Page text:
FIG. 3 is a flowchart showing a method of operation for the detection subsystem. In some embodiments, the subsystem receives 310 data pertaining to a particular image in the system. This data is a pointer to a file on the server, a pointer to a file stored in a remote location connected to the server by the network in FIG. 1, the actual data for the image, or any other data that would allow the subsystem access to the image data. The subsystem then processes 320 the image using a facial recognition detection algorithm to determine all of the faces in the image and creates points of interest for each of the detected faces. Depending on the embodiment, the subsystem either transmits (not shown) the data to the image editing system, or the subsystem transmits 330 the data to the client computer. If the subsystem transmits 330 the data to the client computer, the client computer displays the image alone with markers indicating each of the automatically selected points of interest. The system then receives 340 input from the user indicating any changes to the selected points of interest that he desires. For example, the user may remove some of the pre-selected points of interest, or the user may add additional points of interest. The additional points of interest may include any particular features of the image in addition to the automatically detected faces that the user wishes to have included in the cropped image. Once the subsystem receives 340 this input, it transmits 350 the data for the points of interest to the image editing system.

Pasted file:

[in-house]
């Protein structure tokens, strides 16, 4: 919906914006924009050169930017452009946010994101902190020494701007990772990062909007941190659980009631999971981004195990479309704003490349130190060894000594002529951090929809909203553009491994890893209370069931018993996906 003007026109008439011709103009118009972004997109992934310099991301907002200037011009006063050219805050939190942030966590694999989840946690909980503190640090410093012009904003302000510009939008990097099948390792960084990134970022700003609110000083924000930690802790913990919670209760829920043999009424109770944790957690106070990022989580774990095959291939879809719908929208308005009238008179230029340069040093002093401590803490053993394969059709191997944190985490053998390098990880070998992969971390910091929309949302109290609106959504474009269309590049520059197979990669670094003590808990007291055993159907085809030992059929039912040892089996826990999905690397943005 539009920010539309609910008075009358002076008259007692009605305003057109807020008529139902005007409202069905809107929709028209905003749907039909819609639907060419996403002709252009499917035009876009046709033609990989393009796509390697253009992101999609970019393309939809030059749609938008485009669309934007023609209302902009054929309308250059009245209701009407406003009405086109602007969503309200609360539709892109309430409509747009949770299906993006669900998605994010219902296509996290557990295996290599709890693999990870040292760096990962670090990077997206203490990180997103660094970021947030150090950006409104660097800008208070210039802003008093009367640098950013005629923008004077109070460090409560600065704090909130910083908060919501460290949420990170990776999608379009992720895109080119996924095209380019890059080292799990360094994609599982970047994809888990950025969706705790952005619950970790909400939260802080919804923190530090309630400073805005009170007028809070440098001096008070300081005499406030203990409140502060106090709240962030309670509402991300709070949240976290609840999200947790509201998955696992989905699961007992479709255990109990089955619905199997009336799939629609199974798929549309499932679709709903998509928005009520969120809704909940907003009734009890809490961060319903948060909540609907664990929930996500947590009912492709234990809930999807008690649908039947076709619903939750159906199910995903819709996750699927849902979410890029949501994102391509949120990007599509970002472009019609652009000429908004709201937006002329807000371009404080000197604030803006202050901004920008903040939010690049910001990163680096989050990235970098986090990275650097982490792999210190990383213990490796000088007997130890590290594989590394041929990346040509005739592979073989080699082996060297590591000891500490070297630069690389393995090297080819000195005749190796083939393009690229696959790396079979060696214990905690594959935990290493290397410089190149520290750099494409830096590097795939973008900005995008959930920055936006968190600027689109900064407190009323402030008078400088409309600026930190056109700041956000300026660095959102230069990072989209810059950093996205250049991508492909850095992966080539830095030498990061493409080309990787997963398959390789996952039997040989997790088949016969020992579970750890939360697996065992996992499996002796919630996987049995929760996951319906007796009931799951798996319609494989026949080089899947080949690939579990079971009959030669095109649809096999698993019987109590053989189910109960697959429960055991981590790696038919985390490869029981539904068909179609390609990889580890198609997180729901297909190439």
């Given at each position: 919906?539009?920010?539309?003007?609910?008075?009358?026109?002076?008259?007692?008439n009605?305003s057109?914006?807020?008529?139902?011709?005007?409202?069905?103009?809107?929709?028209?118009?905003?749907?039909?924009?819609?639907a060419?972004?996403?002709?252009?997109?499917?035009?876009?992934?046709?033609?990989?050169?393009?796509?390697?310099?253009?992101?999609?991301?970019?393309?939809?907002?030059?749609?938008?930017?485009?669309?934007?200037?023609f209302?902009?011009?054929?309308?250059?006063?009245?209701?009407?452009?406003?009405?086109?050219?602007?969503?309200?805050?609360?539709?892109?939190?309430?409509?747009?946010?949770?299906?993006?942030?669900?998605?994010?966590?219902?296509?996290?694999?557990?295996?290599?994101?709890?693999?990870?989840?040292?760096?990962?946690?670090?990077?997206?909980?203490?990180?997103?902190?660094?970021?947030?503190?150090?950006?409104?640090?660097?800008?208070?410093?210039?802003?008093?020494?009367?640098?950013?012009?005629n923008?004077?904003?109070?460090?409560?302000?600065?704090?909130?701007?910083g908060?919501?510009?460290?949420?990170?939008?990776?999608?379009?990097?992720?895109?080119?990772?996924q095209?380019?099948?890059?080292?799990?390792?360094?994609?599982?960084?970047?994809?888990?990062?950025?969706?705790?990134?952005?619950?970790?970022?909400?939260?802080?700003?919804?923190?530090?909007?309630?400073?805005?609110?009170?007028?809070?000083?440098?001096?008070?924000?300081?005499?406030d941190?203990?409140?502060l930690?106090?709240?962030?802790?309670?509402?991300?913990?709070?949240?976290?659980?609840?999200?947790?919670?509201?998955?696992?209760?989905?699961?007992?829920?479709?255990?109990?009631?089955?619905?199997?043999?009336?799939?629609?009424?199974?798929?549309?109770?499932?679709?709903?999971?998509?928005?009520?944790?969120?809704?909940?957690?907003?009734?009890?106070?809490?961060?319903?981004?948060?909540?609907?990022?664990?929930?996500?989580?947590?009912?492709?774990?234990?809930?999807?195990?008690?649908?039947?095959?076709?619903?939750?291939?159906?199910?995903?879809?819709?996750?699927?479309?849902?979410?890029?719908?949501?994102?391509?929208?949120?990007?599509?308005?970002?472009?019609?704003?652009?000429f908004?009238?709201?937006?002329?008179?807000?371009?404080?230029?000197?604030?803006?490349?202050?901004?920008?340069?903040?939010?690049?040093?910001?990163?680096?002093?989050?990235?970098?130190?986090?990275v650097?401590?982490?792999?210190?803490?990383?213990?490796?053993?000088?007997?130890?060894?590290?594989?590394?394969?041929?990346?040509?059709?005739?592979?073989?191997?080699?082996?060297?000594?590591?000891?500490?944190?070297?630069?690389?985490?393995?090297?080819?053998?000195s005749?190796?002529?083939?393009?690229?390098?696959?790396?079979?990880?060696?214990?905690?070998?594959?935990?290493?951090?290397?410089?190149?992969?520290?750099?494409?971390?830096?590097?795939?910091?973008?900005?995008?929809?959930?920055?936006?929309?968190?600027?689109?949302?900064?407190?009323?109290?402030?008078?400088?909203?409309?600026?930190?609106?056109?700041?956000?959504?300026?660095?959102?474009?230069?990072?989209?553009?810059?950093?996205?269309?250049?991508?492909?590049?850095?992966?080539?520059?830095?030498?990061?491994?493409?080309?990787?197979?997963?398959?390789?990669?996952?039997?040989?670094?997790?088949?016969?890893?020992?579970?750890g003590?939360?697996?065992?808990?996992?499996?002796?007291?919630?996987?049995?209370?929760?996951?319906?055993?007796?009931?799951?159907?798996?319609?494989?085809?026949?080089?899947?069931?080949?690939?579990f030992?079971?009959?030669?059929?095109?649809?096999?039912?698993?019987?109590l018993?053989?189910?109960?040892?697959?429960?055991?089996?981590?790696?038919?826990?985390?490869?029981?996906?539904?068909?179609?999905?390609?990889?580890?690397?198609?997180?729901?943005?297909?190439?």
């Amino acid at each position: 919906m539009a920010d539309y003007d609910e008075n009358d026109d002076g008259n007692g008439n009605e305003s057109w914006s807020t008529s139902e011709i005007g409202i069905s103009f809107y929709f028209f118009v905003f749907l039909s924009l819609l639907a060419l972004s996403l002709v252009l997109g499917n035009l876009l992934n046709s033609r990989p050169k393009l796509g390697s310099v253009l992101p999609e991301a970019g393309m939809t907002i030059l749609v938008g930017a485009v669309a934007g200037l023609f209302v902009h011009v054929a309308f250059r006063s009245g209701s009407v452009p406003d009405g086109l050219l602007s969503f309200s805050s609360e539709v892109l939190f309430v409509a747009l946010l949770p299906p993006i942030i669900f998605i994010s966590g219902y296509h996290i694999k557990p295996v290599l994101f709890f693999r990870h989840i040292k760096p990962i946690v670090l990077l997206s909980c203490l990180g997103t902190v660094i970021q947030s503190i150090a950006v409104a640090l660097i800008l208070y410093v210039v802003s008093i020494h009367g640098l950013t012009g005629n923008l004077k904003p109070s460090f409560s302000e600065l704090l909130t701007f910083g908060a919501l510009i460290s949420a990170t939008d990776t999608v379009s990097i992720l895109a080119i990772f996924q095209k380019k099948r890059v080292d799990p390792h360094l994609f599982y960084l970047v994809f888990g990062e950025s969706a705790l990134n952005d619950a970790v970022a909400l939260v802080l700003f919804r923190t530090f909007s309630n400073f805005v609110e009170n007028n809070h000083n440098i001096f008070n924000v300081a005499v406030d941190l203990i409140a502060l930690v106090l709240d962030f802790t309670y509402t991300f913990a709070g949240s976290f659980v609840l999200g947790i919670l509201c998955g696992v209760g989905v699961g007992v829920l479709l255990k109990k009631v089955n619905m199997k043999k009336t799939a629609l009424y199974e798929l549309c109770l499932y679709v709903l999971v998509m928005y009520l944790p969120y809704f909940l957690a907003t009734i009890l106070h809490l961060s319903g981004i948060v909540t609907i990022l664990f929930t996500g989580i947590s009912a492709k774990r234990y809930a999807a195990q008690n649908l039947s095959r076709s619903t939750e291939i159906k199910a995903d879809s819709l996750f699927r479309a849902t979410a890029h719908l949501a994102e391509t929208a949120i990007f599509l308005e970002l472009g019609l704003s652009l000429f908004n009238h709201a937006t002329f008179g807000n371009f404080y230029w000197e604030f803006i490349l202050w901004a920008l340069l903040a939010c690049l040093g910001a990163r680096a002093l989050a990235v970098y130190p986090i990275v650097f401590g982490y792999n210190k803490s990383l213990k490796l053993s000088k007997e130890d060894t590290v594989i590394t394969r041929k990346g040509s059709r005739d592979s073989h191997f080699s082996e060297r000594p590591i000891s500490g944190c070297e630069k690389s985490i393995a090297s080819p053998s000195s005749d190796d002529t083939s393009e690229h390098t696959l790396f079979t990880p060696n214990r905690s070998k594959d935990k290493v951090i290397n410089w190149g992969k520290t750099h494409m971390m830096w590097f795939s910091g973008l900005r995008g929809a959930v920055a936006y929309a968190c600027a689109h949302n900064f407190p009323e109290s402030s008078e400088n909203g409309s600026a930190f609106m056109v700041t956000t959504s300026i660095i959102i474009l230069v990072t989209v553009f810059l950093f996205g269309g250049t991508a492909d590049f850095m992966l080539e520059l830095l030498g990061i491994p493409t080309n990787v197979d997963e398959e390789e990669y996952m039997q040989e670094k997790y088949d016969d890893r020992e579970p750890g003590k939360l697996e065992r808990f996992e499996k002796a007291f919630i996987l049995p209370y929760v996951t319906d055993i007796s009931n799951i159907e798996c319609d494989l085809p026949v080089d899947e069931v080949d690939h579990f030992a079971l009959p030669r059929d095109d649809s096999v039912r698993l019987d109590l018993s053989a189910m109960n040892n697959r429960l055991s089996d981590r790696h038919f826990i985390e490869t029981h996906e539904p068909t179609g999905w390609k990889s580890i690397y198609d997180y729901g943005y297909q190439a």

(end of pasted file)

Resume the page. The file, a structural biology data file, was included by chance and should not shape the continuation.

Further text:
FIG. 3 a shows a sample image containing points of interest. In this example, the image 300 contains two figures 310 with recognizable human faces. When the detection subsystem processes this image, it automatically applies points of interest 320 to these faces. In some embodiments where the user may add or delete points of interest, the image also contains points of interest 330 added by the user so that a pet 340 and a painting 350 are also marked as being important in the image and thus represent visuals within in the image that the user desires to include in the final cropped image.